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In Japan making a garden is considered a high art. Careful thought and consideration is given to the placing of each element in order to create a harmonious space. Japanese gardens almost always have water, even the dry gardens use gravel to mimic water, often raked into a pattern to represent ripples and currents.
In this garden water cascades through rocks into a newly landscaped large pool. Alongside the pool a seating area has been sunken into the ground so when you sit at the table you’re closer to the water and the with water plants at eye level. Beyond the pond there’s more large rocks lining a border, this time with plants cascading over, pink persicaria putting up spears and broad hosta leaves softening the hard landscaping. A smaller pond with water lilies is nestled in this border visible as you approach the greenhouse.
Use of miniature trees and bushes creates the illusion that they are far away making the garden look larger than it actually is. A similar trick is used by placing large rocks in the foreground and similar shaped but smaller rocks in the background. In this garden it’s clear that wildlife plays an important role. It’s not just the incorporation of water but a line of hives adds movement and life to the garden, a constant stream of busy bees. The ponds will attract frogs which in turn will help keep pests like slugs at bay. Perhaps this is why the hostas look so healthy.
Practically the use of large angular grey gravel compacts easily making it easy to walk along on the well trodden path to the greenhouse. The grey contrasts with the larger sandstone rocks in the same way that water might. As you’d expect grasses and bamboo feature around the garden. A mature black bamboo, Phyllostachys nigra, provides a little shade to the pond and rustles gently in the wind. In combination with the sound of water the calming effect is immediate as soon as you enter the garden.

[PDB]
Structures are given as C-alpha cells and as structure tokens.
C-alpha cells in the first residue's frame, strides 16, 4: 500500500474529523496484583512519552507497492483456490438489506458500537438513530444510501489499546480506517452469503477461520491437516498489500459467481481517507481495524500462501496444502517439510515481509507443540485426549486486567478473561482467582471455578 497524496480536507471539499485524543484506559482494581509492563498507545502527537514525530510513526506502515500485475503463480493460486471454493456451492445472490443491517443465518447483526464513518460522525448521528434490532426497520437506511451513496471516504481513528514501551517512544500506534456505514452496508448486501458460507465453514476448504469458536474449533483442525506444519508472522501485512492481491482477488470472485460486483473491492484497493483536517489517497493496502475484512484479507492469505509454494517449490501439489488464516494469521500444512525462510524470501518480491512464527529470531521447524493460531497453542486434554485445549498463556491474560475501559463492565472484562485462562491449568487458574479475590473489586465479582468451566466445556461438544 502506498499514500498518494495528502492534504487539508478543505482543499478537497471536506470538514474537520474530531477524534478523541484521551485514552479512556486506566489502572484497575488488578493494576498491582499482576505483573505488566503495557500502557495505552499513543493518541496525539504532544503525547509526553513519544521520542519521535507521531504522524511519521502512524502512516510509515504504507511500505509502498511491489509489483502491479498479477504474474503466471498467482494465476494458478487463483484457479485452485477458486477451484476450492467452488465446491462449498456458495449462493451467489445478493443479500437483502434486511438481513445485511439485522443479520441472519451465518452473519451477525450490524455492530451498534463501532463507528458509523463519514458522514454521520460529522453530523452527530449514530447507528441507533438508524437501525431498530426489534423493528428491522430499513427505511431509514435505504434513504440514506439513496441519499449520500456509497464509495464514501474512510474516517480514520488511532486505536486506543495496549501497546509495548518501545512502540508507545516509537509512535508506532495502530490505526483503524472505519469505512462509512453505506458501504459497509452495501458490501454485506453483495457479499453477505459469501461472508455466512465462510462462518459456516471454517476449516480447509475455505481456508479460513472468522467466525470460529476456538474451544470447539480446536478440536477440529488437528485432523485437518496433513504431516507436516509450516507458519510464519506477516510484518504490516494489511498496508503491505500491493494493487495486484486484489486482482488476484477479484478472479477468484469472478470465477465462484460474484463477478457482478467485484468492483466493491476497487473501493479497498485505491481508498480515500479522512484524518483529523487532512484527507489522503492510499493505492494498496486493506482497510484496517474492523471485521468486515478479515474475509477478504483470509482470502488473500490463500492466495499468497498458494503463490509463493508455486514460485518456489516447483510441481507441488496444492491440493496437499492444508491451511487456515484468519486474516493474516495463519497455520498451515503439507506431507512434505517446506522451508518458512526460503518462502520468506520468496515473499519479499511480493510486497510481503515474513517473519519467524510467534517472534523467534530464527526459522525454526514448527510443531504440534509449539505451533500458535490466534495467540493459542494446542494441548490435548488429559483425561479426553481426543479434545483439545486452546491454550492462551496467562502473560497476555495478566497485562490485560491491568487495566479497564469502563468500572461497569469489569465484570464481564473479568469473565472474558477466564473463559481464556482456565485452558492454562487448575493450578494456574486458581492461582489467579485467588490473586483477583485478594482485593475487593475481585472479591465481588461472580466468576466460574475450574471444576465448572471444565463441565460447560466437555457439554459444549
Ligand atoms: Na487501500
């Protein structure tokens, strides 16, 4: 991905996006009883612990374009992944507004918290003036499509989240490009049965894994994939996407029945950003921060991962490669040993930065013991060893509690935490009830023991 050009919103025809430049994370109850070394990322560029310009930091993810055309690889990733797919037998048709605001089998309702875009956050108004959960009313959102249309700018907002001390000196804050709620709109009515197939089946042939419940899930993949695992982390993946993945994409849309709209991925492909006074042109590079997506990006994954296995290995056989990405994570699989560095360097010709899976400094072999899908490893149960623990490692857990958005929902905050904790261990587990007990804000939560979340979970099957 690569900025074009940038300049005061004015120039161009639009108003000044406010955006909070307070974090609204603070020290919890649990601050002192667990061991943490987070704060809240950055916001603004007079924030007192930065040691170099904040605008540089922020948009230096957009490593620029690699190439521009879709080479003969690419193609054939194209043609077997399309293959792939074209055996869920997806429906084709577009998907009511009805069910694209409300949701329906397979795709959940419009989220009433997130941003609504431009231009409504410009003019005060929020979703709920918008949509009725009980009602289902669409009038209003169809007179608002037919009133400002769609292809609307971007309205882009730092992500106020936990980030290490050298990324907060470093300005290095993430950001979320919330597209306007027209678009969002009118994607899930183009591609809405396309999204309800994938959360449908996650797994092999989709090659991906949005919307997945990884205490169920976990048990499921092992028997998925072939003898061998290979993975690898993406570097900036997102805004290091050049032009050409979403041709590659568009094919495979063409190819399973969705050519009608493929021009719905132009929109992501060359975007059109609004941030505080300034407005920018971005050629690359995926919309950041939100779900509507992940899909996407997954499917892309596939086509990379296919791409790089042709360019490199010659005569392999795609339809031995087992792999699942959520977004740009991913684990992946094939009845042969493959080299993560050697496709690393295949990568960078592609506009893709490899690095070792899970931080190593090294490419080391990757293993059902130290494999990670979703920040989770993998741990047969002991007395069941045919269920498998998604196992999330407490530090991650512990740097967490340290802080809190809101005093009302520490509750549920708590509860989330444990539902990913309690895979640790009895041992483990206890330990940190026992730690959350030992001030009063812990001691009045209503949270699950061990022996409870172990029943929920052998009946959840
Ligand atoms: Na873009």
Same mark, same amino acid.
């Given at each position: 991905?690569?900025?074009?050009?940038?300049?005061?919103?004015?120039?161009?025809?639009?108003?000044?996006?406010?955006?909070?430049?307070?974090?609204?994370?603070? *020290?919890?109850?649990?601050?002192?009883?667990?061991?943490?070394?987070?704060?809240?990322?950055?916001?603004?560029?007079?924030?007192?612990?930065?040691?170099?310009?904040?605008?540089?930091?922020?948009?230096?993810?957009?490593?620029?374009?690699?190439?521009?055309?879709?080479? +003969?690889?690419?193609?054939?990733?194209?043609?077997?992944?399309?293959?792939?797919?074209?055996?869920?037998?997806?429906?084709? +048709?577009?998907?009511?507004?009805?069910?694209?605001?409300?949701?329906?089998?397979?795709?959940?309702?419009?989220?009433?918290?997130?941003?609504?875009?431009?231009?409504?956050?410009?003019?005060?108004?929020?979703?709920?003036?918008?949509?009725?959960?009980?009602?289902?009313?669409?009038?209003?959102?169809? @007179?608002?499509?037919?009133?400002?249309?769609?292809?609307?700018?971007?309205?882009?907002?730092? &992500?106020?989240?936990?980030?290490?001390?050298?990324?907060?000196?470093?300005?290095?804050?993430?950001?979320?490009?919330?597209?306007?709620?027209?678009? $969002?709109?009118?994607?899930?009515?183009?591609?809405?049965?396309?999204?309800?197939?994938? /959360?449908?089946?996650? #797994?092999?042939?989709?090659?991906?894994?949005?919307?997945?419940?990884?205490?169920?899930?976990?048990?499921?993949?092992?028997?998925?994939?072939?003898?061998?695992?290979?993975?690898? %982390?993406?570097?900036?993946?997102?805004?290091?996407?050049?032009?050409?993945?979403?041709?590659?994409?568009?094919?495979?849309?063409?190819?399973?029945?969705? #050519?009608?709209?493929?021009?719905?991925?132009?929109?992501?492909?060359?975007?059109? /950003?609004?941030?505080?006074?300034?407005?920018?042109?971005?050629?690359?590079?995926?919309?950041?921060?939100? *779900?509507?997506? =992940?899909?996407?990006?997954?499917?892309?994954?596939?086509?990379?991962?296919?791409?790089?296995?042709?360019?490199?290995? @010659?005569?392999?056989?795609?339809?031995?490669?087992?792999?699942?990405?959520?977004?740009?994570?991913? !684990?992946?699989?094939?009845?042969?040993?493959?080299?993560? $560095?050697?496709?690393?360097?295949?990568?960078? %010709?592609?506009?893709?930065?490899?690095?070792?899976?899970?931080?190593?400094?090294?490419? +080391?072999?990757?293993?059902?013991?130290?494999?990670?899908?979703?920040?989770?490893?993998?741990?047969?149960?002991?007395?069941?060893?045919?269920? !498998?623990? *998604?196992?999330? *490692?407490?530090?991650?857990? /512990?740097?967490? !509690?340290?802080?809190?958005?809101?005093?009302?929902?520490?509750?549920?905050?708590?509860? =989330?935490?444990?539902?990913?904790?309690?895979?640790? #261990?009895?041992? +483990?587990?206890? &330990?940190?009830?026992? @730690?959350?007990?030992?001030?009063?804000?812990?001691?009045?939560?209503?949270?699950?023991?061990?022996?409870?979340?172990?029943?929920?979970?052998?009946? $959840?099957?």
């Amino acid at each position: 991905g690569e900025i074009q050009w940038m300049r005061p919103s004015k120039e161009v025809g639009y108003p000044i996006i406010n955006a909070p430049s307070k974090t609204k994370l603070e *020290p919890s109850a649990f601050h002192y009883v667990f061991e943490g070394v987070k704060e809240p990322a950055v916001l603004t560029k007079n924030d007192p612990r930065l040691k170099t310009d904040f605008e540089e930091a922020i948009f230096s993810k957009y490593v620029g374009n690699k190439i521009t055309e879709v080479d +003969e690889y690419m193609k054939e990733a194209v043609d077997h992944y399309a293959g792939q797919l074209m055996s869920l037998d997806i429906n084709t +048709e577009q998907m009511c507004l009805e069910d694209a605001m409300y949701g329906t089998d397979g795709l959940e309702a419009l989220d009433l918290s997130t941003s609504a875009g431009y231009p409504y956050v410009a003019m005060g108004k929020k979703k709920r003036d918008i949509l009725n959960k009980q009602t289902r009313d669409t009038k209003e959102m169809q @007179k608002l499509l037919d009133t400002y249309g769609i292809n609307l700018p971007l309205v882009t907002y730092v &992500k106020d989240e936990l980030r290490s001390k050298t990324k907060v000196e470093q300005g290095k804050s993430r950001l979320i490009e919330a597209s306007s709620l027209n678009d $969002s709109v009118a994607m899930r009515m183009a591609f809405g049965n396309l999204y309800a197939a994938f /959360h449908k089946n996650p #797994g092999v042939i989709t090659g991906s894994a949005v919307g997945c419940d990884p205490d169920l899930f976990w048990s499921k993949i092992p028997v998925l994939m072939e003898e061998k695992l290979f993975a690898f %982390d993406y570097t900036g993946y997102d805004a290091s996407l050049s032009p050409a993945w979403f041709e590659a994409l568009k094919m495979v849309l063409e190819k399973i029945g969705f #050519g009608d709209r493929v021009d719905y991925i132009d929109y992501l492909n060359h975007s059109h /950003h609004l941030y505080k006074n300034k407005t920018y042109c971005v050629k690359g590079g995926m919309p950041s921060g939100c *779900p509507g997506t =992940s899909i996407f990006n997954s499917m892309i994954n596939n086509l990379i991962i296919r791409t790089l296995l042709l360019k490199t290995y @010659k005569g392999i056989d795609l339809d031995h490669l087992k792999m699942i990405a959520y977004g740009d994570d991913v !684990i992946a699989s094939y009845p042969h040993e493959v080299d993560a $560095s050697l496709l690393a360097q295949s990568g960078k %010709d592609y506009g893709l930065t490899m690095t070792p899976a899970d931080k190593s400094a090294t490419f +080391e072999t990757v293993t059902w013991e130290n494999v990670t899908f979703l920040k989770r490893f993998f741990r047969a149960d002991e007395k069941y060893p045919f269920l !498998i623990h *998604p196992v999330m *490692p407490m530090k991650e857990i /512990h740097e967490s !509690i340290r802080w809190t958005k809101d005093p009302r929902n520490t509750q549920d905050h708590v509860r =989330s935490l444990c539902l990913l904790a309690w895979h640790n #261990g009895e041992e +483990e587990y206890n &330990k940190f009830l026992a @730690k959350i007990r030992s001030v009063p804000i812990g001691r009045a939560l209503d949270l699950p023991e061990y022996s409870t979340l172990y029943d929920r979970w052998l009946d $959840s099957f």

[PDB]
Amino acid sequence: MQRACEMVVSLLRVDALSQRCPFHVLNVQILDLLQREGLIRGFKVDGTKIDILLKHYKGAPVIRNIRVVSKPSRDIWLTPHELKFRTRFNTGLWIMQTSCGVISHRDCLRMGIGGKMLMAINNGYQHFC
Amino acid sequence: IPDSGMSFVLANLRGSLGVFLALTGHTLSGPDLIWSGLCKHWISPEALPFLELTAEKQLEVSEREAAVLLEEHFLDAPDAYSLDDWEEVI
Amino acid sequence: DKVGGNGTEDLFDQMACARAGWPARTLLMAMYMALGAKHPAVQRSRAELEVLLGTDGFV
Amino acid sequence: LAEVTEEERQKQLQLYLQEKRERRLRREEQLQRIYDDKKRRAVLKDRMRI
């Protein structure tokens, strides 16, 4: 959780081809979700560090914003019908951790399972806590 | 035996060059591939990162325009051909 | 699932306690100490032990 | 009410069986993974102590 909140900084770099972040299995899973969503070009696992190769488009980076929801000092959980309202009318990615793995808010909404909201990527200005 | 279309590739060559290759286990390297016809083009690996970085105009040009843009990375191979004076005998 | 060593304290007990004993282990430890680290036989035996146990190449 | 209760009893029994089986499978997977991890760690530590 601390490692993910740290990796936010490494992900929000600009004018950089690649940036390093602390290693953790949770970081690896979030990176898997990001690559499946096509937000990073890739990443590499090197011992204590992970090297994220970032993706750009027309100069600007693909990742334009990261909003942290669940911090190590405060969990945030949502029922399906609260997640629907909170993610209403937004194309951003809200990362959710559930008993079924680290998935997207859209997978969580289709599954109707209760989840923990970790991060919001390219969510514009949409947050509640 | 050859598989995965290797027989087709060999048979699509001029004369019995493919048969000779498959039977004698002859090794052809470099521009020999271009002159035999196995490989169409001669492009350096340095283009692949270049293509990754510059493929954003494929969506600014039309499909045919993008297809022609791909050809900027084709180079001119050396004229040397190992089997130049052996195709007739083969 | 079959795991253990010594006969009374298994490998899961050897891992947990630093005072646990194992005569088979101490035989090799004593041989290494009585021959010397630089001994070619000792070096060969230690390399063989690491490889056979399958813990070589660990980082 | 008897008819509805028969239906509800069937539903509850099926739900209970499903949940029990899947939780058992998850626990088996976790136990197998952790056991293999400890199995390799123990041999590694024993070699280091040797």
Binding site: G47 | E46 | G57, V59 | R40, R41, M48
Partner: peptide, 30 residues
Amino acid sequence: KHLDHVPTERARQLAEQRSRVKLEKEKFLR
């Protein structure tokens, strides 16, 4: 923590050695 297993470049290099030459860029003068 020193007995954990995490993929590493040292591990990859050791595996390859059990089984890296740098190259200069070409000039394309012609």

The greenhouse itself is laid on a level concrete footing. This has been made larger than the greenhouse and the effect of this is to create a frame, rather like a picture, around the structure amongst the gravel beds. This is an eight foot wide greenhouse by almost thirteen foot long, a good size for any budding gardener. The aluminium panels hold full length glass panes going all the way to the ground to ensure plenty of light. The Accoya, like all woods will silver down in the sun over the years to a silvery grey. At the plain end of the greenhouse an optional full width vent can be opened along with the door to provide a good draft through the greenhouse on the hot summer days. One side of the greenhouse is used for growing from the ground whilst the other side has a compete length of staging and shelving. The staging useful for potting up and the shelf being closer to the roof providing a useful storage space for germinating seeds in pots or seed trays. The door on the greenhouse can be hinged on either side and in this instance the customer has opted to have the lower door panel complete with Accoya boarding, a practical consideration perhaps to avoid it breaking the chance of any breakages if hit with a wheel barrow say. Like all our greenhouses the structure comes with full length frameless glass roof vents which allow plenty of light as well as ventilation.
This is clearly a space for someone that likes to spend time in the garden. There’s a place to sit and relax, a place to eat, and with the greenhouse there’s a place to nurture tender plants. And of course, when it rains, which is not uncommon in Britain or Japan, there’s now a place to continue gardening under the protection of glass.
Take the time to explore our glasshouse case studies, these may give you ideas for your new glasshouse. See how each glasshouse sits within the garden design, how each structure is accessorised and what plants are being grown.